institution, a professor at georgetown university and a columnist for the washington post. welcome to you all. one of the big events of the new year will be the inauguration of barack obama to a second term, so we asked a wide variety of religion leaders what they hope for during the president's next term. >> if president obama would revert back to the, that young, powerful, firey spokesperson in the 2004 democratic national convention who talked about reconciling the blue and the red state, about the god of the blue state and the god of the red state that i believe that he has a chance to really emerge as a transformative catalytic president reconciling our nation. we are more polarized today than ever before. >> i'm hoping that he would be able to work, well that congress would be able to work with him to come up with a real budget that's going to help the least ofthese and because whenou help those who are in the most vulnerable situation, you end up helping the whole country. >> foreign aid is 1% of the budget and we talk about cutting that and that's a frightening thought. while some of
in washington right now. >> the biggest priority is making sure that we deal with the debt in a serious way. but the way they for behaving, their only priority is making sure that tax breaks for the wealthiest americans are protected. >> this deal won't affect the debt situation. it will be a political victory for the president. i hope we will have the courage of our convictions when it comes time to raise the debt ceiling to fight for what we believe as republicans. but hats off to the president. he won. >> south carolina senator lindsay graham and president obama -- the state of our fragile economy. president obama made his final argument, placing the blame squarely on congress, specifically, house republicans, mr. obama is cautiously opt mifertic that lawmakers will reach a watered-down deal, but no mention of debt, tax reform or entitlements. i'm shannon bream. the senate will convene in an hour. we have team coverage on capitol hill and at the white house. we start with mike, live on capitol hill. what's the latest on republicans? and how are they reacting to the comments we heard from
. maybe sequestration is going to happen so for that let's go to washington. >> juliet: all right. tick-tock, tick-tock, time is almost up for lawmakers as we say to avert the fiscal cliff. they worked throughout the weekend in hopes of hammering out some sort of deal. >> dave: peter doocy is live in washington and we hustle you over to the capitol. and what is the latest, do you think we'll get something done? >> reporter: dave, we were told late in the evening that legislative staff was going to work through the night, but the only principal we heard from was mitch mcconnell who said he and his democratic counterparts have been trading paper all day saturday, but the only big news, mcconnell cared to share with us, in the state he represents, kentucky, louisville beat the university of kentucky by three and meanwhile, the officially republican weekly address features another republican senator explaining once again why a deal before monday night's deadline is so important. >> at a time when our federal debt's topped 16 trillion dollars, it's been more than three years since the senate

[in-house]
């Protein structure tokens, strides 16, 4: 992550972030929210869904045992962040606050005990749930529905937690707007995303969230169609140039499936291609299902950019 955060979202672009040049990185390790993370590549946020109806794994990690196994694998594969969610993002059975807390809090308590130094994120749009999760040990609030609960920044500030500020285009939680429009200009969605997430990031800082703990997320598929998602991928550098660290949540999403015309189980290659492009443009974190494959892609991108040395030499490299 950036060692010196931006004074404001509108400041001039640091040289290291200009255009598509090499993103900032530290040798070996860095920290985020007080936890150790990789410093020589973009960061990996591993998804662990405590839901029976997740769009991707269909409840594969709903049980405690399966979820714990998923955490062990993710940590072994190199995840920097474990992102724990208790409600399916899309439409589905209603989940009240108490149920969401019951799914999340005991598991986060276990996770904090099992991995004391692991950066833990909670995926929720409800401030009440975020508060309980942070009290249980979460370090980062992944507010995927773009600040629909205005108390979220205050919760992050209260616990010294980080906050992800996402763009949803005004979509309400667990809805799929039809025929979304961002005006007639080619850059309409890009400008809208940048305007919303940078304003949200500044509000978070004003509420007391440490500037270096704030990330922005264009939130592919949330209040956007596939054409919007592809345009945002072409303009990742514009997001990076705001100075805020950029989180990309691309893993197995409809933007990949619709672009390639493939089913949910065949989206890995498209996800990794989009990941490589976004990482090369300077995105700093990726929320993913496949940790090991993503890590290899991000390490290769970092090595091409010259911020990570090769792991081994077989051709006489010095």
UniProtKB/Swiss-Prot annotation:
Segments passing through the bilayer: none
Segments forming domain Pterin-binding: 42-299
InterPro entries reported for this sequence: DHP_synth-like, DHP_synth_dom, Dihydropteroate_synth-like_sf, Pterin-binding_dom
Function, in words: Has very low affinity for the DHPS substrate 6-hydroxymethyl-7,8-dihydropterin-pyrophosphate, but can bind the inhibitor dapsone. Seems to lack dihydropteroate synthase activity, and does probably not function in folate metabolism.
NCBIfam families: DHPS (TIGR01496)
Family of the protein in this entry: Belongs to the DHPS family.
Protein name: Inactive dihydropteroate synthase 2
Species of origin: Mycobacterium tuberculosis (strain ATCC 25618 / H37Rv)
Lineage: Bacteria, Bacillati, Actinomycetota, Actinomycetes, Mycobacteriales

ago, there was a consensus in washington that the earth's atmosphere could be altered. it is a different story. over the next hour, we will discuss opinion, with james hansen and our live audience here at the in san francisco. today, dr. hansen is receiving the 2012 stephen schneider award for outstanding climate science climate one. stephen schneider was a who was involved in the formation of climate one that[applause] sandy. new york? to place it in a modern context, we have to turn to proxy data like coral and ice to piece together the puzzle of how the climate buried in the distant past. it showed it was relatively warm. it was about a thousand years ago. recently that exceeded anything we have seen. it was featured in the summary for policy makers in 2001. when it became an icon, those who find the science inconvenient saw the need to try to discredit this graph. they saw discrediting me as a way to do that. some have been attacked for the work they have done. i was also bill of five. my book tells the story of what it is like to be a scientist and find yourself i
Search Results 0 to 8 of about 9